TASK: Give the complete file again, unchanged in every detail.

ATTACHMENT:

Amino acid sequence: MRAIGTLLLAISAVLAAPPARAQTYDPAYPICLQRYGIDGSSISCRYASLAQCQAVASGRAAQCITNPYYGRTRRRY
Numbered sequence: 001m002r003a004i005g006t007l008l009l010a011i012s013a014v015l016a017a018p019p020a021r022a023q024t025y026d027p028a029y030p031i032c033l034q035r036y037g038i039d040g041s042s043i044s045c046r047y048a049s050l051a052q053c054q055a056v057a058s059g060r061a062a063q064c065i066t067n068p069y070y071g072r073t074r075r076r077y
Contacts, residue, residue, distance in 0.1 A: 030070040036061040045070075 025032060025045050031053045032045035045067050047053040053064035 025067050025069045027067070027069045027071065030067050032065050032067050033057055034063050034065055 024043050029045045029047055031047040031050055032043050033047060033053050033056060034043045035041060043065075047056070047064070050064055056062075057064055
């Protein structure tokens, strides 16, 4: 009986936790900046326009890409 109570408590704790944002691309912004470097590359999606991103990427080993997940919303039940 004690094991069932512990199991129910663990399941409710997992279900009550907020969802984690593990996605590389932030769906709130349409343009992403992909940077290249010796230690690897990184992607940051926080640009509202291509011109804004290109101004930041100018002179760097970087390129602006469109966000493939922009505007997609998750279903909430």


Amino acid sequence: MRAIGTLLLAISAVLAAPPARAQTYDPAYPICLQRYGIDGSSISCRYASLAQCQAVASGRAAQCITNPYYGRTRRRY
Numbered sequence: 001m002r003a004i005g006t007l008l009l010a011i012s013a014v015l016a017a018p019p020a021r022a023q024t025y026d027p028a029y030p031i032c033l034q035r036y037g038i039d040g041s042s043i044s045c046r047y048a049s050l051a052q053c054q055a056v057a058s059g060r061a062a063q064c065i066t067n068p069y070y071g072r073t074r075r076r077y
Contacts, residue, residue, distance in 0.1 A: 030070040036061040045070075 025032060025045050031053045032045035045067050047053040053064035 025067050025069045027067070027069045027071065030067050032065050032067050033057055034063050034065055 024043050029045045029047055031047040031050055032043050033047060033053050033056060034043045035041060043065075047056070047064070050064055056062075057064055
């Protein structure tokens, strides 16, 4: 009986936790900046326009890409 109570408590704790944002691309912004470097590359999606991103990427080993997940919303039940 004690094991069932512990199991129910663990399941409710997992279900009550907020969802984690593990996605590389932030769906709130349409343009992403992909940077290249010796230690690897990184992607940051926080640009509202291509011109804004290109101004930041100018002179760097970087390129602006469109966000493939922009505007997609998750279903909430």